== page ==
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Technology Tip

Technology Tip
Dave Pelland has extensive experience covering the business use of technology, networking and communications tools by companies of all sizes. Dave's editorial and corporate experience includes more than 10 years editing an electronic technology and communications industry newsletter for a global professional services firm.

Small Business Document Management and Scanning

Small Business Document Management and Scanning

The long-talked-about paperless office remains a distant goal for most small businesses, which typically have to deal with a mountain of paperwork in the course of their daily operations.

Document management and scanning systems can help small business owners get a better handle on their paper documents, leading to increased productivity and lower costs.

In general terms, electronic document files offer a number of advantages over their paper counterparts. For instance, electronic documents reduce the need for file cabinets and the amount of time it takes to retrieve a document you need. Instead of grabbing a printed document from a folder, you can search for keywords or filenames and pull the necessary document right up.

If your documents are stored in a cloud platform, you can access them from anywhere you have an Internet connection. In addition, electronic files are generally more secure than paper documents. Using password protection and restricting who can access document folders on your network provides the digital equivalent of locking a file cabinet.

Many small businesses use role-based restrictions on document folders. For instance, only senior managers and the bookkeeper have access to financial records, while HR-related documents are similarly restricted to the appropriate team members.

Scanning Success

If you have paper documents that you want to convert into electronic files, you’ll need a scanner to image the documents and software to process the image into machine-readable data.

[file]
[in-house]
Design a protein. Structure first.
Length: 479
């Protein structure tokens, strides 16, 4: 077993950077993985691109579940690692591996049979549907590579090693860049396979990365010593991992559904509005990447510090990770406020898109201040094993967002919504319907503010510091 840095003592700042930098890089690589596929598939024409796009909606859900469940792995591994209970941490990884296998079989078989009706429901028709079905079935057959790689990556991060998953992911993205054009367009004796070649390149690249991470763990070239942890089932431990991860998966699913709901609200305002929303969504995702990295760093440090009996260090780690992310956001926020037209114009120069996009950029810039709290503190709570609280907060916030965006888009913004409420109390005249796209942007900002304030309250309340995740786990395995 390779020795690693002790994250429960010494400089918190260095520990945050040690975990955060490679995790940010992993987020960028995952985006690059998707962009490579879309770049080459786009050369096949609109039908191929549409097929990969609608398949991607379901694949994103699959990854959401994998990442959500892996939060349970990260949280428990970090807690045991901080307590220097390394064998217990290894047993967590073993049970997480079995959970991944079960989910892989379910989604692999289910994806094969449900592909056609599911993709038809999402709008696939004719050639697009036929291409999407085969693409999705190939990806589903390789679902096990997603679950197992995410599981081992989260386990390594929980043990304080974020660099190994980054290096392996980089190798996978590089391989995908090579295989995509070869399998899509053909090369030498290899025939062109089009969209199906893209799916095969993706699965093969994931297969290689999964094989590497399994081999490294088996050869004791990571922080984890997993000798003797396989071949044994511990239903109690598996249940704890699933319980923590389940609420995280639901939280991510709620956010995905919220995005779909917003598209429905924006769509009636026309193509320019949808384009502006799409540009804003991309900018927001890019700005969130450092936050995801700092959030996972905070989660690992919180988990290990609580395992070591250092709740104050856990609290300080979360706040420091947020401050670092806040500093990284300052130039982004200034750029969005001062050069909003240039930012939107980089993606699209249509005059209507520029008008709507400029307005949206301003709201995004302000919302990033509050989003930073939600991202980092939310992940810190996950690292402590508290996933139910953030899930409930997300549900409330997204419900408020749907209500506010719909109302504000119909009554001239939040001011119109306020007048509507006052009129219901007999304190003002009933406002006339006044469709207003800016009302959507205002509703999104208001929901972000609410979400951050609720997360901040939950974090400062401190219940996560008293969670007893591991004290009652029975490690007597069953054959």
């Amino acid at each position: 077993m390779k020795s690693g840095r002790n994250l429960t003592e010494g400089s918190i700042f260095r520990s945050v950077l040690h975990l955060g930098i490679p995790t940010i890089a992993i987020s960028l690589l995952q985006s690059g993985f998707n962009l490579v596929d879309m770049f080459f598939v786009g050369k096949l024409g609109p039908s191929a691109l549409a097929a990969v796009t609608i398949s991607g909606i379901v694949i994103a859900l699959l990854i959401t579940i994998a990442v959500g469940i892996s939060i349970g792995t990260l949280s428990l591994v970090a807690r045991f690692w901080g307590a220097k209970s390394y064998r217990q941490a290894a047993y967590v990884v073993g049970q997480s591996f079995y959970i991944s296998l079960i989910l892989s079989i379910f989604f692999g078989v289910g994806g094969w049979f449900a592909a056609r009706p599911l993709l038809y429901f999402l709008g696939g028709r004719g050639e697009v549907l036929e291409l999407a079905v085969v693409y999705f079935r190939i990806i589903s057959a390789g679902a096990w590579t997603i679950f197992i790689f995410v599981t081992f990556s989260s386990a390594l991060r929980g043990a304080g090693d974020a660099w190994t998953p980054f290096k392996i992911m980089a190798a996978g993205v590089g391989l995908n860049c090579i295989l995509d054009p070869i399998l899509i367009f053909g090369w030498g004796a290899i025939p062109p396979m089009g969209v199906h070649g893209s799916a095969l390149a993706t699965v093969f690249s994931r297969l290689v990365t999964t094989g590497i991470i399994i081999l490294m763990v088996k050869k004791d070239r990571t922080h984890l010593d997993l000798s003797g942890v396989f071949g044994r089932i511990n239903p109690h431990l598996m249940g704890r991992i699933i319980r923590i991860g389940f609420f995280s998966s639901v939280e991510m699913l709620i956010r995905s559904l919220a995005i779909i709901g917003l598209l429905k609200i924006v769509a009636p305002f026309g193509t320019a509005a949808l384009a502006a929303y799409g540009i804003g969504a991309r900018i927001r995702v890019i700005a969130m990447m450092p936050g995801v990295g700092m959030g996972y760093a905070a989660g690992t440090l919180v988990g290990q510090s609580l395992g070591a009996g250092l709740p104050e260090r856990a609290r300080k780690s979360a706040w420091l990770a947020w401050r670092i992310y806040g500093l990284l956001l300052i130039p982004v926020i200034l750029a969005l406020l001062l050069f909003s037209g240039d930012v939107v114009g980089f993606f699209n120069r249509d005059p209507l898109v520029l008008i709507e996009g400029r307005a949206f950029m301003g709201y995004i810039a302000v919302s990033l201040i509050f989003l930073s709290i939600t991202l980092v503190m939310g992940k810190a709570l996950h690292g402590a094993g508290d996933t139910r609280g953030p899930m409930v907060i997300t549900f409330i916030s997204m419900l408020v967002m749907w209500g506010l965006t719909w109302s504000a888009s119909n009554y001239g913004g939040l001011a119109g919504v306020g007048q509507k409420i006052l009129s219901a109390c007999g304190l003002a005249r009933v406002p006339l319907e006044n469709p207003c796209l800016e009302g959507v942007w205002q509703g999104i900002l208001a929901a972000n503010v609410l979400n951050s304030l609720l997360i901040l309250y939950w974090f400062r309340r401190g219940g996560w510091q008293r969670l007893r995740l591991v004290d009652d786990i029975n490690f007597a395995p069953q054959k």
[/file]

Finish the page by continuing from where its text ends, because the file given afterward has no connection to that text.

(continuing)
The most effective scanner will depend on a variety of factors, including the types of documents you’ll the scanning most often, the volume of documents you want to scan on a regular basis, and how much of your time you spend outside your workplace.

For occasional light scanning, a smartphone app that uses your device’s camera can be a good choice for getting started.

If you typically work on the road and have a light scanning volume, a portable handheld scanner can be a great tool for capturing important information and reducing the amount of paper you need to bring back to the office.

Similarly, if you’re scanning business cards and receipts most frequently, dedicated devices designed for this use can save time and effort.

If you’re going to scan a higher volume of documents, you’ll probably want a desktop scanner with an automatic document feed. These will offer double-sided scanning and will help you convert a small pile of papers into electronic files in just a few minutes.

Regardless of your scanner, imaging the document is just the first step. Software will then recognize your document through a process known as optical character recognition that allows your devices to “read” and index the data within your new files so you can organize and find it.

Storing Your Files

Once your paper documents are converted into electronic files, you’ll need to organize and store them for easy retrieval. You have a choice of storing those files on an internal server, in the cloud or a combination of both.

On-premise storage may seem faster and more secure, but a cloud platform will likely offer greater flexibility and security for most small businesses. An effective cloud storage platform will allow you to provide the appropriate protection for your documents, along with the proper peace of mind that your important files are backed up and accessible online when and where you need them.

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